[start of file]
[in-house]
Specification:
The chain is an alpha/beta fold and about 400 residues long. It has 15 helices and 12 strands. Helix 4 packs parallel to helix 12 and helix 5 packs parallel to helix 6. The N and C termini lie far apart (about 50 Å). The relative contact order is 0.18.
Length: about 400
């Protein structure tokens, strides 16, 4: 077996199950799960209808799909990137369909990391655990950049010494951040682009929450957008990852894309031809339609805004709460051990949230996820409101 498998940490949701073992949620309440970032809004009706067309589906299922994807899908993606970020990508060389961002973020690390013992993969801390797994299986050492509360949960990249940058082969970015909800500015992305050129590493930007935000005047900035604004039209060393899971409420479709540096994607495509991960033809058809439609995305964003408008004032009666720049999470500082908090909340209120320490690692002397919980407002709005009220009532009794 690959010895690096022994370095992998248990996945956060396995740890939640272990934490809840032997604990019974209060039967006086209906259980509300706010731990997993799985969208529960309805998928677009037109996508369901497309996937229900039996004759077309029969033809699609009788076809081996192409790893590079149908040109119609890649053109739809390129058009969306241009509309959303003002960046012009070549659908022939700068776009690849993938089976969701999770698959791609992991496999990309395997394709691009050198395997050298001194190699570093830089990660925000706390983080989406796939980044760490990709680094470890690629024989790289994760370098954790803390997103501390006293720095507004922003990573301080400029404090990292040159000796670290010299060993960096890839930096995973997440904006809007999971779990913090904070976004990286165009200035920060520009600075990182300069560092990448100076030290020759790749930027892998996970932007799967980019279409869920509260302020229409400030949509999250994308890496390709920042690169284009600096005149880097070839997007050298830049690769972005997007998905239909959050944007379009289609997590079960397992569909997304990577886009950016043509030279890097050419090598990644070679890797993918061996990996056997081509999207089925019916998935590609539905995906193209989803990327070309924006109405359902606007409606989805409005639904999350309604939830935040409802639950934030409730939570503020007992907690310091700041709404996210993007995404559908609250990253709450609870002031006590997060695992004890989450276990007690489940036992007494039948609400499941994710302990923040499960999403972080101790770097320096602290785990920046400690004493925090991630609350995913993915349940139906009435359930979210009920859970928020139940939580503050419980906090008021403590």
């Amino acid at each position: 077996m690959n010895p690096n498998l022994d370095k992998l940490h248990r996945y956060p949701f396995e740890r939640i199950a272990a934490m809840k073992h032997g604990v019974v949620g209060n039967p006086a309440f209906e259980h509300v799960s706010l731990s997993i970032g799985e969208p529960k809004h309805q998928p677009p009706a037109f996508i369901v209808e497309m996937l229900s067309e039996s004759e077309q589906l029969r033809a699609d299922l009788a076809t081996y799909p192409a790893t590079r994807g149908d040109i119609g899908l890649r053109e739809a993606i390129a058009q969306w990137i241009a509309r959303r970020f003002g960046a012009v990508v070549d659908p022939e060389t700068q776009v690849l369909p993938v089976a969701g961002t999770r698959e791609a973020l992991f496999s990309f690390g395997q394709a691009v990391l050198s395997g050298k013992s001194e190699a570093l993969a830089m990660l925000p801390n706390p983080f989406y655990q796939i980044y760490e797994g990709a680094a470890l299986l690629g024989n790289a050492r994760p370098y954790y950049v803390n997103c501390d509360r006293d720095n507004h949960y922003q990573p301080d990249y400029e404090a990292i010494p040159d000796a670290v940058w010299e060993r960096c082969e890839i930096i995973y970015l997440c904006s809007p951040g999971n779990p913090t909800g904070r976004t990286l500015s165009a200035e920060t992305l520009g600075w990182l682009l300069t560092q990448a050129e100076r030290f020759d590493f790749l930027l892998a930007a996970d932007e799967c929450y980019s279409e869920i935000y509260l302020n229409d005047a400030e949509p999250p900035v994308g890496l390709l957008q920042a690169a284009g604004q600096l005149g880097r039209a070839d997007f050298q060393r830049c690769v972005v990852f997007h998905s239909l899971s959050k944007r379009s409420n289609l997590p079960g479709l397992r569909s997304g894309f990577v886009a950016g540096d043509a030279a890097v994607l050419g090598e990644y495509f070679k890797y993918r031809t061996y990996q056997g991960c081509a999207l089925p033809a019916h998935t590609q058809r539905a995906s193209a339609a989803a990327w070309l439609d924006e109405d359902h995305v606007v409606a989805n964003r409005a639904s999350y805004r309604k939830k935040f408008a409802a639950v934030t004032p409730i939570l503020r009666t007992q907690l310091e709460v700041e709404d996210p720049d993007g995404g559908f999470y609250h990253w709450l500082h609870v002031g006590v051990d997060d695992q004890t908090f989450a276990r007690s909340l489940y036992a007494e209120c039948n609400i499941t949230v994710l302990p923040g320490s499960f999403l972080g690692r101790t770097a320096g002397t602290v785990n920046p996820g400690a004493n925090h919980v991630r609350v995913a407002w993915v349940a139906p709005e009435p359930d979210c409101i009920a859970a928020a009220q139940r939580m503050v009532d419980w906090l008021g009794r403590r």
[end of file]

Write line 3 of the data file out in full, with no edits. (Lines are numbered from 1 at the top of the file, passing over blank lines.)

The chain is an alpha/beta fold and about 400 residues long. It has 15 helices and 12 strands. Helix 4 packs parallel to helix 12 and helix 5 packs parallel to helix 6. The N and C termini lie far apart (about 50 Å). The relative contact order is 0.18.